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Snake River Salmon on KUOW


The most prominent appeal in this discussion was whether we can move away from litigation and towards more collaborative processes to restore the wild populations of Columbia salmon and steelhead. The agreement between 3 tribes and federal agencies (the “Columbia Basin Accords”) may be a step in the right direction. However, many feel the 2008 [...]

NW salmon forecasts and fisheries dates


Here is an excerpt from yesterday’s WDFW announcement that describes the forecasts for many Columbia and Salish Sea salmon runs.  To Pat’s credit, there was a quick correction to a painful error (suggesting that adipose-clipped fish weren’t hatchery fish).  In conjunction with the process-map in the previous post, these dates should help us orca-advocates be [...]

A map for including killer whales in NW fisheries managment


Just happened upon this nice synopsis of how WDFW views the various processes by which fishing harvests are governed in the Pacific Northwest. For me, this helps clarify which processes we killer whale advocates could influence to bolster the number of salmon and other fish that are available to feed the southern residents. As usual, [...]

Strong spring chinook run on the Columbia


Here we are in mid-February, a couple weeks into the blackmouth opening in the Salish Sea, and WDFW is opening up recreational fishing for spring (winter?) Chinook running in the Columbia [see today's email announcement below].  This makes me wonder where the southern residents are at the moment and what the run timing looks like [...]

Oil Spill Risk Management: Strategies for the future


Intro by Miles (Chip) Boothe Over 600 vessels have been escorted by the Neah Bay tug since it first started operating in 1999; 6 involved throwing lines to a vessel in distress.  This afternoon the legislature is looking at a new measure to fund the tug permanently (beyond the 1 year that Governor Gregoire recently [...]

Contaminant deposition in NW National Parks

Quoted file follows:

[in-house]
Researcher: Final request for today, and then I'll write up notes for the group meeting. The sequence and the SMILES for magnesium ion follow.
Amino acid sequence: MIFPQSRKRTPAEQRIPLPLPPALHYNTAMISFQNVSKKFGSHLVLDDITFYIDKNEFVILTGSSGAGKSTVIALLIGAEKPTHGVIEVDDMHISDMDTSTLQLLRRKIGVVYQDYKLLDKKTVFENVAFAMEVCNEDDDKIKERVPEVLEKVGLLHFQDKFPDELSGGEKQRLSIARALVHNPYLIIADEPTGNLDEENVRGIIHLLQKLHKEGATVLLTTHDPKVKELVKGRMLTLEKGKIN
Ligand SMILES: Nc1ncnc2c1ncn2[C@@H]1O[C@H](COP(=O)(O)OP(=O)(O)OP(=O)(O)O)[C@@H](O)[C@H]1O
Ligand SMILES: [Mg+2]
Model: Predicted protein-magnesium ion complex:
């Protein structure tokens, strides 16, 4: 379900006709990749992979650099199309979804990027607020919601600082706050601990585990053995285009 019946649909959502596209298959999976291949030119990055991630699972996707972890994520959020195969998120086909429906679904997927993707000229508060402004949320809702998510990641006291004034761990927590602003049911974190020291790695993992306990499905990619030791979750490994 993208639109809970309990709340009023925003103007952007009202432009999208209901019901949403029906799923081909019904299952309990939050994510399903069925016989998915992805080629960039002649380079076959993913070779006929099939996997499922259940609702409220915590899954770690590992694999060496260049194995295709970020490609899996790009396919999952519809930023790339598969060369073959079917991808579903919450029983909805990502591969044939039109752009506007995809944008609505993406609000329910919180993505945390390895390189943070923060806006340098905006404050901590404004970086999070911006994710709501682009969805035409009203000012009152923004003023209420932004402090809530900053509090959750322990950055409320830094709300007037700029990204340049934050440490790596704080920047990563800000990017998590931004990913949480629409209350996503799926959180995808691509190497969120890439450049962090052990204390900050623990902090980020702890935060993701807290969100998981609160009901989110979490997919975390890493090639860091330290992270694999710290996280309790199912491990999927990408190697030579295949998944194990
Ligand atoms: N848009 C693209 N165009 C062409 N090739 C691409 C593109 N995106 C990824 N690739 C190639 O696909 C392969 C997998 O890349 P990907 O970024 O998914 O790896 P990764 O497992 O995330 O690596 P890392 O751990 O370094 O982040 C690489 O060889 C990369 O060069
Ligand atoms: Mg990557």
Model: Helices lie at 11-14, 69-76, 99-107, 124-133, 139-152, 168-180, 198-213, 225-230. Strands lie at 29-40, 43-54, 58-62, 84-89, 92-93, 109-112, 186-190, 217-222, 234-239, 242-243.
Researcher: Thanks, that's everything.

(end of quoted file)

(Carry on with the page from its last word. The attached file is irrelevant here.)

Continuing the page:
Dixon Landers 2002-2008 WACAP study ocused on high-elevation and remote systems with lakes as precipitation collectors.  We weren’t supposed to inform fluxes to Puget Sound, but we may have discovered that the snow that melts into our inland sea starts out contaminated!  Data sources are snow samples, sediment cores, fish samples, lichen, and water.  We [...]

Atmospheric deposition of POPS to Georgia Basin


Marie Noel PCBs are transported through the atmosphere in both gas and particulate phases.  In Great Lakes and Baltic Sea, the majority of aquatic PCBs come from atmospheric transport.  Transport from Asia to BC takes 2-10 days.  One sampling site at Ucluelet as reference for Saturna Island samples (gas (86% of PCBs, 63% PBDEs), particulate [...]

PCB bioaccumulation model for Puget Sound


Jeff Stern Mapping C flow through the food web can help us understand trophic strucure and species interactions and ass feeding guilds and which species may be most at risk from bioaccumulation.  Our model is a steady state partitioning (Arnot and Gobas, 2004; Condon, 2007) that uses Tim Essingtons trophic structure data, diet data from [...]

Long-term PCB fate and bioaccumulation


N long-term fate and bioaccumulation of PCBs in Puget Sound, Models of contaminant kinetics: Davis 2004 includes an active 10cm layer in Puget Sound Field data: In Puget Sound 1400kg PCBs (estimates range from 600-3500) are in active layer compared with ~7kg in water and ~40kg in biota (estimated from Sandy’s measurments) [PCB] in water: [...]

Toxics assessment process in Puget Sound


James Maroncelli Phase 1 of toxic loadings to PS initiated in 2006 by a coalition (PSAT+WA Ecology+…): realized that air deposition was an important pathway Phase 2: spring 07 $300k from EPA, $300 from Ecology TPA, $55k NOAA funded all programs (because we established a framework for project prioritzation) Surface runoff Atmospheric depositino Permitted wastewater [...]